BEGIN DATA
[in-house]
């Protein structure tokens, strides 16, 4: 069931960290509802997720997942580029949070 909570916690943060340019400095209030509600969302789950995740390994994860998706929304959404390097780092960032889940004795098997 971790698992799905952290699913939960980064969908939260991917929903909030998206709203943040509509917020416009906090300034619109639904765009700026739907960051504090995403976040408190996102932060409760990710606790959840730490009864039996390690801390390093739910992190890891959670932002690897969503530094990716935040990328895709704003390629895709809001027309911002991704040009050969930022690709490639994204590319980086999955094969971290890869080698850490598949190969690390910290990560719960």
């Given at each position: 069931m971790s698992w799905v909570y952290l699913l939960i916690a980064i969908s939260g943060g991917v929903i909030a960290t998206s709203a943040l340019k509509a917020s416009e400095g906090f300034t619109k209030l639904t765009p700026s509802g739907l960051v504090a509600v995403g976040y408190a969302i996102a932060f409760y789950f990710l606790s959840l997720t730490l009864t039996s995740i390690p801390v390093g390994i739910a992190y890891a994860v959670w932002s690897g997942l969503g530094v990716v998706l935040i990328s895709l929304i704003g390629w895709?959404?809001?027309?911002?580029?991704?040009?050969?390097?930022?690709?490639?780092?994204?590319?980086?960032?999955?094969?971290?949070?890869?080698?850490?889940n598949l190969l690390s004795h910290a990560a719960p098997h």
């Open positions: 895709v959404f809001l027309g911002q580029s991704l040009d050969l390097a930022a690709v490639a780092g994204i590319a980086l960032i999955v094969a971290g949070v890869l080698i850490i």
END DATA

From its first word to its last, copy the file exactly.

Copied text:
[in-house]
């Protein structure tokens, strides 16, 4: 069931960290509802997720997942580029949070 909570916690943060340019400095209030509600969302789950995740390994994860998706929304959404390097780092960032889940004795098997 971790698992799905952290699913939960980064969908939260991917929903909030998206709203943040509509917020416009906090300034619109639904765009700026739907960051504090995403976040408190996102932060409760990710606790959840730490009864039996390690801390390093739910992190890891959670932002690897969503530094990716935040990328895709704003390629895709809001027309911002991704040009050969930022690709490639994204590319980086999955094969971290890869080698850490598949190969690390910290990560719960």
């Given at each position: 069931m971790s698992w799905v909570y952290l699913l939960i916690a980064i969908s939260g943060g991917v929903i909030a960290t998206s709203a943040l340019k509509a917020s416009e400095g906090f300034t619109k209030l639904t765009p700026s509802g739907l960051v504090a509600v995403g976040y408190a969302i996102a932060f409760y789950f990710l606790s959840l997720t730490l009864t039996s995740i390690p801390v390093g390994i739910a992190y890891a994860v959670w932002s690897g997942l969503g530094v990716v998706l935040i990328s895709l929304i704003g390629w895709?959404?809001?027309?911002?580029?991704?040009?050969?390097?930022?690709?490639?780092?994204?590319?980086?960032?999955?094969?971290?949070?890869?080698?850490?889940n598949l190969l690390s004795h910290a990560a719960p098997h």
């Open positions: 895709v959404f809001l027309g911002q580029s991704l040009d050969l390097a930022a690709v490639a780092g994204i590319a980086l960032i999955v094969a971290g949070v890869l080698i850490i």